Please allow me to deviate from the regular format of the blog over the weekends. I'm in the course of preparing for my PhD comprehensive exams. I have been reading some of political science's literature landmarks, and I would like to share with you some of the most remarkable quotes I have come across. There is nothing underreported about this!
As you may have guessed from my last Twitter update, I read George Washington's Farewell Address of 1796. I was impressed by the degree of clear-eyed realism that the first American President promoted. This is especially true when it came to the topic of my dissertation, alliances.
After asking his fellow Americans to enjoin "good faith and justice towards all nations," George Washington warns that this would occur only if the United States has no inherent emotional (dis)inclinations towards other nations.
"...[n]othing is more essential than that permanent, inveterate antipathies against particular nations and passionate attachments for others should be excluded...The nation which indulges towards another a habitual hatred or a habitual fondness is in some degree a slave. It is a slave to its animosity or to its affection, either of which is sufficient to lead it astray from its duty and its interests."
Think about the following quote, when reflecting on America's contemporary Middle East alliances:
"...[A] passionate attachment of one nation for another produces a variety of evils. Sympathy for the favorite nation, facilitating the illusion of an imaginary common interest in cases where no real common interests exists, and infusing into one the enmities of the other, betrays the former into a participation in the quarrels and wars of the latter without adequate inducement or justification."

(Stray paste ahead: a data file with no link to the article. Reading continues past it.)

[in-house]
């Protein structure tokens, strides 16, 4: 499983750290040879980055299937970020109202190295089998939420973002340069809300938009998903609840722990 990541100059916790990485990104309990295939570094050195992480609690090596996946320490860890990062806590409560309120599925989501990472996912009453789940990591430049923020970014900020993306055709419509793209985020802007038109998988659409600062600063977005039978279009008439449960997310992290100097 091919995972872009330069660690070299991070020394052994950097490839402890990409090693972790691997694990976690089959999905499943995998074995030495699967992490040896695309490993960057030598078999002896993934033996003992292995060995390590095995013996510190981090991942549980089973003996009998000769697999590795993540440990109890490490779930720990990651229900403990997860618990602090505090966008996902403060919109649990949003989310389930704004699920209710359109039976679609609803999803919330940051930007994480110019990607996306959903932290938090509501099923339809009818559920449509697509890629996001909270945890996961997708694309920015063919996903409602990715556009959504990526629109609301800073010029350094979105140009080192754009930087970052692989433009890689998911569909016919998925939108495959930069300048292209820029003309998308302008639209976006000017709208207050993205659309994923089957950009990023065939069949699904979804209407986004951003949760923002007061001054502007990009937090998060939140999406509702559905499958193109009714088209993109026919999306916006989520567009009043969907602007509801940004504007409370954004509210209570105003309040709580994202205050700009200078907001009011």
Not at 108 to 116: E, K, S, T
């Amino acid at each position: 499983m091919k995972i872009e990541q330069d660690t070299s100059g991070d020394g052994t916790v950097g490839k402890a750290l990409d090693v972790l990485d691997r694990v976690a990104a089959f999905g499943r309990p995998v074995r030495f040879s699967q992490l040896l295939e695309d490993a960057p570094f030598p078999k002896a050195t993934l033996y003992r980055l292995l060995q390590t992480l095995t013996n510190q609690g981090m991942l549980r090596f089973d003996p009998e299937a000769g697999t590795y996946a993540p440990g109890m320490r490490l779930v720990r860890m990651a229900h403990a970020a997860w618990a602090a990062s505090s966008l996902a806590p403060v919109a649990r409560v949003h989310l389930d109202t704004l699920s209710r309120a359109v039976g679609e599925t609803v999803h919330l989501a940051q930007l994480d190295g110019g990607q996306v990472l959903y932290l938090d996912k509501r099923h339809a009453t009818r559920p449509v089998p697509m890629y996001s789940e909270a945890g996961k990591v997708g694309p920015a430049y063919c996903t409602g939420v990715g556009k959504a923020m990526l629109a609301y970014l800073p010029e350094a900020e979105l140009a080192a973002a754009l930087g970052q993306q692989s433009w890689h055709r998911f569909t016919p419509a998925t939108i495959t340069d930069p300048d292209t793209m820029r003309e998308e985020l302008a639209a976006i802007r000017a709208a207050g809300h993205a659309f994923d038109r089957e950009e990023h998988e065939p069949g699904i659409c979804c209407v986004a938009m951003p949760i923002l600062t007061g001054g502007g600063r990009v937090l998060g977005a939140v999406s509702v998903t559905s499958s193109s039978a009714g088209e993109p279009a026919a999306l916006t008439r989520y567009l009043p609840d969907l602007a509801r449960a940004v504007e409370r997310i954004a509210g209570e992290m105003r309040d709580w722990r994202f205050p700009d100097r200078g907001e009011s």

Think domestic policy here:
"Real patriots who may resist the intrigues of the favortie (ally) are liable to become suspected and odious, while its tools and dupes usurp the applause and confidence of the people to surrender their interests."
Washington then makes his general case against permanent foreign alliances by arguing that "our detached and distant situation invites and enables us to pursue a different course." That course would enable us to "choose peace or war, as our interest, guided by justice, shall counsel.
George Washington's Farewell Address should be a compulsory reading for our foreign policy and national security establishments. Preferably, they should read Underreported.